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It was an enchanted evening of fine “kundiman” and “rondalla” music. And the elderly Filipinos in the audience immensely enjoyed it as they heard once more popular Filipino songs.

Some turned nostalgic as they remembered the good, old days when the “harana” (serenade) was still a traditional way of expressing one’s love to a maiden.

Loud applause erupted at the end of every performance. Philippine Consul General Generoso D.G. Calonge, who came from Chicago to grace the evening event, said, the presentation was “one of the best I have seen.”

According to Benita Maria B. Murriel, president of the Philippine Arts and Culture Ensemble of Michigan (PACE-MI) which staged the show last June 20 in the St. Francis Church Activity Center in Ann Arbor, “the presentation is a culmination of the dedication, commitment and hard work of our participants, organizers, volunteers and supporters.”

The presentation was simply dubbed “Ugnayan ng Ating Kultura” (Linkages of Our Culture), but it was packed with numbers showing the exquisite beauty of Philippine cultural dances and songs.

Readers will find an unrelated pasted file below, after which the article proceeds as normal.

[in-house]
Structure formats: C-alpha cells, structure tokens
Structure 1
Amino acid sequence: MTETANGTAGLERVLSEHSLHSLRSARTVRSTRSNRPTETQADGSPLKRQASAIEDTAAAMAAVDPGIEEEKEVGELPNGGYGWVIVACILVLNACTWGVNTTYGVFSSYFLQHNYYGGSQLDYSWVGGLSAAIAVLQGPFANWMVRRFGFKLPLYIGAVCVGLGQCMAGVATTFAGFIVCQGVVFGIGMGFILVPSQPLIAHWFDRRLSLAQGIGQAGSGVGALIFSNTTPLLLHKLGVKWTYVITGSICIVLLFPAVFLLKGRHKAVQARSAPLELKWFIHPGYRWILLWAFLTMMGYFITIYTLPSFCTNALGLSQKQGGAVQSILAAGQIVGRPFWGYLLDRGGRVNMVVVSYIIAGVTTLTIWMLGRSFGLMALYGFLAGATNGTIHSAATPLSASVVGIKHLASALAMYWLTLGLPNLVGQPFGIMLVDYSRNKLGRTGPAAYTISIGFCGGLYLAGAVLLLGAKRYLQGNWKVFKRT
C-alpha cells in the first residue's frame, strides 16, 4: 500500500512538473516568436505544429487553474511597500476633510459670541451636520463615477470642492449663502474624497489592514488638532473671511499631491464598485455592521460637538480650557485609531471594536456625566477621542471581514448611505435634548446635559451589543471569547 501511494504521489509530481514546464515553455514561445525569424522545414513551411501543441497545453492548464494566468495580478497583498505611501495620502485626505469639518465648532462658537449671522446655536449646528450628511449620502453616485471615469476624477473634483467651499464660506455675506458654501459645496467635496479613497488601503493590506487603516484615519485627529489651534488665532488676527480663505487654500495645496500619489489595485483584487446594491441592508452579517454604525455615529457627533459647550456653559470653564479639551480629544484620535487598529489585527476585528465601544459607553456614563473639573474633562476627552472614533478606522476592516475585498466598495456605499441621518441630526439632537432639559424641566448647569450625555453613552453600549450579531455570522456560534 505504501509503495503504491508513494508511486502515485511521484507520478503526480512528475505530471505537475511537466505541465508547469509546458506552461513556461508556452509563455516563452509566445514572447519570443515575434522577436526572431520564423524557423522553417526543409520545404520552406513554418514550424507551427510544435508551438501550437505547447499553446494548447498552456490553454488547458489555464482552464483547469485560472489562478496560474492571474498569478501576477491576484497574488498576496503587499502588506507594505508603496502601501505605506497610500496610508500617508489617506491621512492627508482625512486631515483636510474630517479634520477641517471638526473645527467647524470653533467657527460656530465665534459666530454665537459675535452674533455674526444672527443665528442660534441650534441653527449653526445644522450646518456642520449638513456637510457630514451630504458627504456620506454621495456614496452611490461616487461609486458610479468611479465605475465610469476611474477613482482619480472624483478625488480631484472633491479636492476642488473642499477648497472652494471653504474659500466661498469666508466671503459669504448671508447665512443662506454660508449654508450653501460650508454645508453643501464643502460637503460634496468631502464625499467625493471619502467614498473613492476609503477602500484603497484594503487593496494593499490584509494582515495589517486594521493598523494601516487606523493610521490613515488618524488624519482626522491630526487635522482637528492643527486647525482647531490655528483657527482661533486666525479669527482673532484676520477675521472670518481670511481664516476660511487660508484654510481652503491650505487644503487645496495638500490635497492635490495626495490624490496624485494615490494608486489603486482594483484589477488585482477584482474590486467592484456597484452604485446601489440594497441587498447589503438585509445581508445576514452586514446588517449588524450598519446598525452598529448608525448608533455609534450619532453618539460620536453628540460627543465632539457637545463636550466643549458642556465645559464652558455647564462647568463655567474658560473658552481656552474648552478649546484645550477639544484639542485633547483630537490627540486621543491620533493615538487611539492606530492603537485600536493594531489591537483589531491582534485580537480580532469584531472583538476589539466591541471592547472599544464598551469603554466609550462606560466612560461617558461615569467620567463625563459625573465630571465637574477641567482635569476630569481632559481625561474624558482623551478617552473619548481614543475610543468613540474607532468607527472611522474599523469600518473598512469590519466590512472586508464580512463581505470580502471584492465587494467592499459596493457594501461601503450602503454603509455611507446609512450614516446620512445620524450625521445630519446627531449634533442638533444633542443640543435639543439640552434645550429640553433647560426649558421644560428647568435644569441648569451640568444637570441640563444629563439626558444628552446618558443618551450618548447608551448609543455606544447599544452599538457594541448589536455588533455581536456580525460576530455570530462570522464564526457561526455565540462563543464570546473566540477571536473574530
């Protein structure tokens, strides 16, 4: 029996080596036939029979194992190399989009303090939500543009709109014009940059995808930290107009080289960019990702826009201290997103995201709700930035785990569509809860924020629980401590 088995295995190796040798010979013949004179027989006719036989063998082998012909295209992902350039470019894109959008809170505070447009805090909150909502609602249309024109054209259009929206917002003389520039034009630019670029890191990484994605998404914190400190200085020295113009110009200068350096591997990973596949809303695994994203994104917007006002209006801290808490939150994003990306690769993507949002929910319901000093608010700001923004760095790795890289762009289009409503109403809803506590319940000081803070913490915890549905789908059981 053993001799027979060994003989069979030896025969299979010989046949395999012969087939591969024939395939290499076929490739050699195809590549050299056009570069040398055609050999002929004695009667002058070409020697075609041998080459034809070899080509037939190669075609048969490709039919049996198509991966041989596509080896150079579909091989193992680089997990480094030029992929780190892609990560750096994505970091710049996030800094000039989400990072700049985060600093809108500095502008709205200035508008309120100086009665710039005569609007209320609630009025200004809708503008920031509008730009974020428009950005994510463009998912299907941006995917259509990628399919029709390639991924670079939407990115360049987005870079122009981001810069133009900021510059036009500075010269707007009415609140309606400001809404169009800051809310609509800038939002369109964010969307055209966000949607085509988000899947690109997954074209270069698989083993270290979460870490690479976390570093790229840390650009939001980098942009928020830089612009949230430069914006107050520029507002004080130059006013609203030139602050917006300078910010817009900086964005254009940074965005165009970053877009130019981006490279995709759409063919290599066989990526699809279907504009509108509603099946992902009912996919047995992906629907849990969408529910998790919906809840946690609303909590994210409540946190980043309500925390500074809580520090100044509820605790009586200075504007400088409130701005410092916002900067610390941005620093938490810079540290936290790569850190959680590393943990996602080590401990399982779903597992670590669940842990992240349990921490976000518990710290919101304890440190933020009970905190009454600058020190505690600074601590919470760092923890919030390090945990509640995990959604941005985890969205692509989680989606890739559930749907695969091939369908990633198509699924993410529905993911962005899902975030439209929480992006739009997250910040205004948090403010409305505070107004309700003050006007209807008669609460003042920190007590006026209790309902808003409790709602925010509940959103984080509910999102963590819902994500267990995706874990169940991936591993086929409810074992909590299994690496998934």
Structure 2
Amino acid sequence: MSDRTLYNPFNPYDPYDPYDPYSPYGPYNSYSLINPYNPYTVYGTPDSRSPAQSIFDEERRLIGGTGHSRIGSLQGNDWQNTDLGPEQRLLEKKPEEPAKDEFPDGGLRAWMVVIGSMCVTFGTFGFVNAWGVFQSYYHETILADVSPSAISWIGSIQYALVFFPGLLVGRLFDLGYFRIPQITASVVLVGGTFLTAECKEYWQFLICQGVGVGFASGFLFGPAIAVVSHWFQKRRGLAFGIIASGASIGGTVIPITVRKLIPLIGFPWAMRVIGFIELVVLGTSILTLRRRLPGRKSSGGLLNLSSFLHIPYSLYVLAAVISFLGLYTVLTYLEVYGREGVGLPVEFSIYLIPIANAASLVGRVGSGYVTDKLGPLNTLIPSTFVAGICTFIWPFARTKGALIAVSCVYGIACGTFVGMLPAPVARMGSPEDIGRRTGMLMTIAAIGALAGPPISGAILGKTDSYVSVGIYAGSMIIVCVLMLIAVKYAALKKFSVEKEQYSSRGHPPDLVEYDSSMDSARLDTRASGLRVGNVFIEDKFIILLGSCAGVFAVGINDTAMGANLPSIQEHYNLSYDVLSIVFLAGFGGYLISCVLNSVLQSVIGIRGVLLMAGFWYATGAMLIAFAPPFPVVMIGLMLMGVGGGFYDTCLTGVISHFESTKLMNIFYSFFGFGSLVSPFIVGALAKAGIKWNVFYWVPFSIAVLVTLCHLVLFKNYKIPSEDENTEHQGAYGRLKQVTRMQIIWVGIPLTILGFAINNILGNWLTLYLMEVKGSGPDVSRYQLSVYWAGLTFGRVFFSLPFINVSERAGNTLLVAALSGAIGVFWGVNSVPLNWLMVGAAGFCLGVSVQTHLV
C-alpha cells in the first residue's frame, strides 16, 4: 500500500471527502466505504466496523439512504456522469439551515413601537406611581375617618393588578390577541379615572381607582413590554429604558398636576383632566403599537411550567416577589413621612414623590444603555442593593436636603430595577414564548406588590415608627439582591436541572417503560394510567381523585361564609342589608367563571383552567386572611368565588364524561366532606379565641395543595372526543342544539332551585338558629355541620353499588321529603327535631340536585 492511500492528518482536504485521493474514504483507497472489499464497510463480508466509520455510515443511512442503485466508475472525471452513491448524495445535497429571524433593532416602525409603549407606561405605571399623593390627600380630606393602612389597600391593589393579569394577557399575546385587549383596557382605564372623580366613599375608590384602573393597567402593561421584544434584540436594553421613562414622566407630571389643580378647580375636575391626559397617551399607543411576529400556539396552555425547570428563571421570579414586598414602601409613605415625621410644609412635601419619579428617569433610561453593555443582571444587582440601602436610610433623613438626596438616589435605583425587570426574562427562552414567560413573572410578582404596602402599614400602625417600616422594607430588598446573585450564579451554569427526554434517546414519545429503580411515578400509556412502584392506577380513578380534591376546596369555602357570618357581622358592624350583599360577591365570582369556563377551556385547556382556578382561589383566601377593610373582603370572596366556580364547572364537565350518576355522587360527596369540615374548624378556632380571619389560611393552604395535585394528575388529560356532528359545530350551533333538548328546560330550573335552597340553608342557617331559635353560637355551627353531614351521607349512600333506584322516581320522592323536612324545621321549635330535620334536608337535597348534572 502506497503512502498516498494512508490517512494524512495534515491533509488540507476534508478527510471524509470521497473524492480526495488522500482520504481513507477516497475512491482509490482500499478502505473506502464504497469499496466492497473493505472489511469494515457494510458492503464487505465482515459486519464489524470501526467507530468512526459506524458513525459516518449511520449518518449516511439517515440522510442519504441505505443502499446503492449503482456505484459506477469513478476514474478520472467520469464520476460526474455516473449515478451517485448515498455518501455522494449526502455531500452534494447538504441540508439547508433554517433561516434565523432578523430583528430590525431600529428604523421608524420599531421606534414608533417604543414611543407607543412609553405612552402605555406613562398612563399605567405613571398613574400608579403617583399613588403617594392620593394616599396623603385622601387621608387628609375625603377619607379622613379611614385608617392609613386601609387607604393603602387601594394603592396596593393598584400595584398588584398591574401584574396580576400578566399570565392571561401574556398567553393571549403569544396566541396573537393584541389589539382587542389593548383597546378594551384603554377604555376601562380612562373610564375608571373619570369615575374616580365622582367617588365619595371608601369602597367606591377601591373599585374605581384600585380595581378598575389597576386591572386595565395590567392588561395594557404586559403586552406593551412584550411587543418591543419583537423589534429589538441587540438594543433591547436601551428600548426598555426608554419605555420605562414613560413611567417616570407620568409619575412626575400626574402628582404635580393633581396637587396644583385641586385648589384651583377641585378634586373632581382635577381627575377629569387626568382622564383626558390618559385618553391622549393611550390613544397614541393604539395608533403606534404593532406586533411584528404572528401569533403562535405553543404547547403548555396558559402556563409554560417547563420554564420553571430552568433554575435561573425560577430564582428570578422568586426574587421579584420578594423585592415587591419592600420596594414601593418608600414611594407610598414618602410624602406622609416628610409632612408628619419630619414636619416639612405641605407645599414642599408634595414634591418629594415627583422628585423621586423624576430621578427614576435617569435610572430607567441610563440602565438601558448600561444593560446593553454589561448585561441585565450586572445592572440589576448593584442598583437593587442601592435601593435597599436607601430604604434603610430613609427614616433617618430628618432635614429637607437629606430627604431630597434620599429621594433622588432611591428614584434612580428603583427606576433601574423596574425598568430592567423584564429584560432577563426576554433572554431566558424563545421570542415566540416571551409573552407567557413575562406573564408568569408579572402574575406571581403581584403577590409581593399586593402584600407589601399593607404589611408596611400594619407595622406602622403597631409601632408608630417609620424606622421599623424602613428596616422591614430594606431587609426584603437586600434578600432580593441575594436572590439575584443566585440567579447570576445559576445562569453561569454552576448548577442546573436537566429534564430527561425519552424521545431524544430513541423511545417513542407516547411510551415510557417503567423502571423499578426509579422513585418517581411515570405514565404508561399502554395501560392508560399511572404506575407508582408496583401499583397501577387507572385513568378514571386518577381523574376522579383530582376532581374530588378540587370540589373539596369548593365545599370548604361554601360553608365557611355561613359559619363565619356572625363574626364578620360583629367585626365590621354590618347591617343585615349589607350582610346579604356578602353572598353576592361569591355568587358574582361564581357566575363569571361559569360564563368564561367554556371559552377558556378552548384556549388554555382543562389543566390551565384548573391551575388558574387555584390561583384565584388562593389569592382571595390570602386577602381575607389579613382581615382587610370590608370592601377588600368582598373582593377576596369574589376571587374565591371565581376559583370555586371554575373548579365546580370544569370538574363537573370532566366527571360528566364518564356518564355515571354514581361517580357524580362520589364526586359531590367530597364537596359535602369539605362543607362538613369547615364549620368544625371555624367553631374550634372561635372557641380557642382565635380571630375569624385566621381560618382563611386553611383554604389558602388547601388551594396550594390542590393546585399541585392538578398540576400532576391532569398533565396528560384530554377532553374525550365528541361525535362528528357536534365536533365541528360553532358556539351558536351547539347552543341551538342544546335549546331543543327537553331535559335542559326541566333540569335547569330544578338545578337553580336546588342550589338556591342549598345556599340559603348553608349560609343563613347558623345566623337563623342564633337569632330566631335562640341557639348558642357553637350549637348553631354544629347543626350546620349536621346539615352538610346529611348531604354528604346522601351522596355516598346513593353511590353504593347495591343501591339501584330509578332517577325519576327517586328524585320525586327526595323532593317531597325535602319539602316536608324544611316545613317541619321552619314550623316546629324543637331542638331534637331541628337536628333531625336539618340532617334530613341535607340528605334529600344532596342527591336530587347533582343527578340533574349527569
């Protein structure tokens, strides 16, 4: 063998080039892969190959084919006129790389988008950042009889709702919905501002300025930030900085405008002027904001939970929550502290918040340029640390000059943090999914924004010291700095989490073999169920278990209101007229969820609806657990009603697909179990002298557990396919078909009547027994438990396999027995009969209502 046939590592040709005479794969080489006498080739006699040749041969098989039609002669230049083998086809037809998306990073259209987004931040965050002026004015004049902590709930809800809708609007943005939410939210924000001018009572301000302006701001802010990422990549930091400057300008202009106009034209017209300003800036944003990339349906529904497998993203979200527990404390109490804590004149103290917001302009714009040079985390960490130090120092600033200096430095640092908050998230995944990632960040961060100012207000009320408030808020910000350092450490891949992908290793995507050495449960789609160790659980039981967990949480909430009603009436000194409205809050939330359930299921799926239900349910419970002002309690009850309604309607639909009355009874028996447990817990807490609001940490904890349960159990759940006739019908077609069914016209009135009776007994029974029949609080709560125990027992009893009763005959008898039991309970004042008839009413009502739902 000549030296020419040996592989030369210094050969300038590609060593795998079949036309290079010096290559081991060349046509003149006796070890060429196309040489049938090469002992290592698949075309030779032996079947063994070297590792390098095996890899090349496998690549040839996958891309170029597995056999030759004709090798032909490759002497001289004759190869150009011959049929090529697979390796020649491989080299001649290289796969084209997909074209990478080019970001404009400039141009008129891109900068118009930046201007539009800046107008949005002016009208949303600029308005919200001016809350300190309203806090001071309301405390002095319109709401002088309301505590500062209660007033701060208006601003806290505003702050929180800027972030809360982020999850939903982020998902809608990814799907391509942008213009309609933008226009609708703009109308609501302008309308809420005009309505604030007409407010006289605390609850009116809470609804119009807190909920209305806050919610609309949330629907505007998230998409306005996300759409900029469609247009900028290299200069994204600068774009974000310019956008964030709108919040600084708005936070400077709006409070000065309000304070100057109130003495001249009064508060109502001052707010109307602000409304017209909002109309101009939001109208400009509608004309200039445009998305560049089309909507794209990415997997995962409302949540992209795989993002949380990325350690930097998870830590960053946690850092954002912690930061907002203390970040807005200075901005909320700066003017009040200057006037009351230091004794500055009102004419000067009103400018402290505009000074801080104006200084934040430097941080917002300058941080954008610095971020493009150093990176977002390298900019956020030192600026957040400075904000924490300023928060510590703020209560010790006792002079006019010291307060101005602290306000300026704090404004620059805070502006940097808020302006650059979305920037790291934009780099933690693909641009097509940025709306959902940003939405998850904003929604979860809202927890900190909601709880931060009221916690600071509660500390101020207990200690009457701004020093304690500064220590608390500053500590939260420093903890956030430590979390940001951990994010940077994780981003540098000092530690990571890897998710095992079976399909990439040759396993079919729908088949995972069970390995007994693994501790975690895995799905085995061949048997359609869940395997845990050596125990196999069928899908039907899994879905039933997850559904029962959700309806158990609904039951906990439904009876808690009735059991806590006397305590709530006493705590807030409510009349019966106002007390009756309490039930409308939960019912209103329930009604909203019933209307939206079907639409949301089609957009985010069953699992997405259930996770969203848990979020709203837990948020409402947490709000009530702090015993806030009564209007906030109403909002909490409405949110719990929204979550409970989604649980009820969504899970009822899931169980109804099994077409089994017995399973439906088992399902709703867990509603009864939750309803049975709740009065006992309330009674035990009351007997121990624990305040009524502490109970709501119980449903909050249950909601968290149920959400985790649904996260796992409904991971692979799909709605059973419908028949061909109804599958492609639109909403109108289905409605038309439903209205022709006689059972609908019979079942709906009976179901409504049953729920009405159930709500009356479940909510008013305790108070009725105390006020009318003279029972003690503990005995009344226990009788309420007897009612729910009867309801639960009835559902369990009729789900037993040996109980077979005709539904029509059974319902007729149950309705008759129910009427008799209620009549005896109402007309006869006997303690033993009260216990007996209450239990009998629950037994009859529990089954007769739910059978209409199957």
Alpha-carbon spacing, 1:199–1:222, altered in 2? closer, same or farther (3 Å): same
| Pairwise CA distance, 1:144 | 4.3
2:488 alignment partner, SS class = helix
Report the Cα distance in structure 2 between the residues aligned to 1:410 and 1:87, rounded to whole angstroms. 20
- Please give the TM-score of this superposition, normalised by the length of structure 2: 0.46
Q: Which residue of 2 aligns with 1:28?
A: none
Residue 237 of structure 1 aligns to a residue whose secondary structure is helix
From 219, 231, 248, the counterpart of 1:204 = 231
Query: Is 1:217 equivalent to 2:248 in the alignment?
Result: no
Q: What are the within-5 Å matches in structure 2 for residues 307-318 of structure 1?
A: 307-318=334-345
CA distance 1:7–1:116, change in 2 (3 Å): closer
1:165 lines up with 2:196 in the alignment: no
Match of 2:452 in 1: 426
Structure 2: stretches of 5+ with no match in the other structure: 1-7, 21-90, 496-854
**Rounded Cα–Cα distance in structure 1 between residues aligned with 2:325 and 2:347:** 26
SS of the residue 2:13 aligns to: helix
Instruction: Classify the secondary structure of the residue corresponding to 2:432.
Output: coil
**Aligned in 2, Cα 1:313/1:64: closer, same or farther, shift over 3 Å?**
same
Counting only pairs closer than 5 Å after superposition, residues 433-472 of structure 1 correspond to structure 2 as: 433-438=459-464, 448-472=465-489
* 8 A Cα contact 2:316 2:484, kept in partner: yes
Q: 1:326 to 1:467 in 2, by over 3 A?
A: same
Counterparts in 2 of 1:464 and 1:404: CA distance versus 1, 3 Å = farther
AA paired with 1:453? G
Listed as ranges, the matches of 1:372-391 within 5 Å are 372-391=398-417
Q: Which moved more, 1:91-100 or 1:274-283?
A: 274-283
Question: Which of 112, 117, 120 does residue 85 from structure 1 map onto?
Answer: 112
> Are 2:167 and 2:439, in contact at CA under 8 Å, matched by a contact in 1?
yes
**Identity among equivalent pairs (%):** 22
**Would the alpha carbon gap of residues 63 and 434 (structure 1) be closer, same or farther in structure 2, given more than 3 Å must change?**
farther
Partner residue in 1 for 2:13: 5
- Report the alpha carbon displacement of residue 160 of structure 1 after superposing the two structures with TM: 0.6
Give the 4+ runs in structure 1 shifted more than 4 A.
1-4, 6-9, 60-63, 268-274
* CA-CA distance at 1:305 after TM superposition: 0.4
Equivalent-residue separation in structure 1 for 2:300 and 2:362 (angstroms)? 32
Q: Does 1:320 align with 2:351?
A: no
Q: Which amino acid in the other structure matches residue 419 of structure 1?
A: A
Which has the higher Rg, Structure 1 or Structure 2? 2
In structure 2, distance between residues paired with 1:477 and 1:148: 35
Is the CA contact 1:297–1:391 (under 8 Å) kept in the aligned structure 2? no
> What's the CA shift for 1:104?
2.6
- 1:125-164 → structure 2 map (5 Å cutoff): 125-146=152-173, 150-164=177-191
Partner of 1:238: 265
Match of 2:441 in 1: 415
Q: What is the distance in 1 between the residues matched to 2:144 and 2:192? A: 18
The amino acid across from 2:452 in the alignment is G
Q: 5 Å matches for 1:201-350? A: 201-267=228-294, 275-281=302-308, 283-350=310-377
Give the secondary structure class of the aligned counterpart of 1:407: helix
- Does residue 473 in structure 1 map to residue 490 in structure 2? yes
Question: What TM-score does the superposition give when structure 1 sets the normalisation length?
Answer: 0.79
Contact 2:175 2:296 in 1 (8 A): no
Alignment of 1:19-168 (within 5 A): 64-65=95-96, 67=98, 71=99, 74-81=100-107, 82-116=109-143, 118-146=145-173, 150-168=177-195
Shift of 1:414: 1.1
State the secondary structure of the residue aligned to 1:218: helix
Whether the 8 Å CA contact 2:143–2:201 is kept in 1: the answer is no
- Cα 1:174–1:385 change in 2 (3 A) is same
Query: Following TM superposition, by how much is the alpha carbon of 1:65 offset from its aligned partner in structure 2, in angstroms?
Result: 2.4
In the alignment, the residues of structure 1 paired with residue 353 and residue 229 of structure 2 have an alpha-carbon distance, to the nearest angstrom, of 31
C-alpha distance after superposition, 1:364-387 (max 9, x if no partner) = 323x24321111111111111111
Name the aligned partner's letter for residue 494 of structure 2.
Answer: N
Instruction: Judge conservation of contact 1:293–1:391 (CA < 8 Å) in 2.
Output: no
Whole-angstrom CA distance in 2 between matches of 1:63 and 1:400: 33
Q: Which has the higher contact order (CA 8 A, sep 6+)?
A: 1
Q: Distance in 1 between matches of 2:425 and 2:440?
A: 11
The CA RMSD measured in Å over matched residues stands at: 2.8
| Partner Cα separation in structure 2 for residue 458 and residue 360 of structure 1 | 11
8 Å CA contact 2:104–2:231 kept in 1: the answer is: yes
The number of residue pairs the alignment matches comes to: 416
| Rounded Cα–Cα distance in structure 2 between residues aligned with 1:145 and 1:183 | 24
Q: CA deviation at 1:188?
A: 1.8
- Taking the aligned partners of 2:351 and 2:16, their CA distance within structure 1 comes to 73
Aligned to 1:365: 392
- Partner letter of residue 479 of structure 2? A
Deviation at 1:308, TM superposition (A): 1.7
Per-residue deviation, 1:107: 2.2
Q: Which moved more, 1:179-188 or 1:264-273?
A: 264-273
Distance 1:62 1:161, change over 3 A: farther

The show opened with the performance by the Kulintang Ensemble which presented diverse music and dances of Southern Philippines. The Kulintang musical numbers included “Duyug,” Maguindanao; “Kanduro Pampang,” Maranao; and “Badbad,” Manobo.

The ethnic dances performed were “Asik,” a Maguindanao maiden solo dance; and “Singkil,” a Maranao royal dance.

Part II of the program featured a special music presentation. Roy Coloma, a top-caliber pianist and piano instructor, presented a virtuoso performance as he played in the piano “Damdamin” and “Inday,” two Buencamino musical pieces with complicated notes.

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This was followed by a vocal solo by Patricia Sorra Cabuena who sang San Pedro’s “Sa Ugoy ng Duyan.” Patricia’s typical Filipina beauty, fine voice and superb singing evoked nostalgic remembrances of the Philippine rural scene in the old days. She was accompanied by the Rondalla Ensemble.

Next came a vocal number of Elizabeth Ordinario whose operatic voice impressed the audience. She sang “Diwata ng Pag-ibig” (Goddess of Love) and “Lulay” (a maiden’s name), showcasing the full range of her voice.

Part III of the program was the performance by the Rondalla and Dance Ensembles with the special participation of Professor Christi-Anne Castro, Ph.D, of the University of Michigan’s Ethnomusicology Faculty.

Called “Festival in the Village,” the rondalla presentation featured popular pieces – namely, “Bahay Kubo,” “Dandansoy,” “Harana: O Ilaw,” and “Naranyag a Bulan.” The Harana number was presented by Gigi Olegario, who was the maiden being serenaded, and her husband Francis Olegario, the serenader.

The folk dances performed were “Salakot,” “Itik-Itik,” “Carinosa,” “Sayaw sa Bangko,” and “Tinikling.” This portion showcased the budding terpsichorean talents of children wearing Filipino attire.

Sean Almendras, who was the master of ceremonies, related funny stories about Filipinos during the intermission.

The finale was a community singing of “We say Mabuhay.”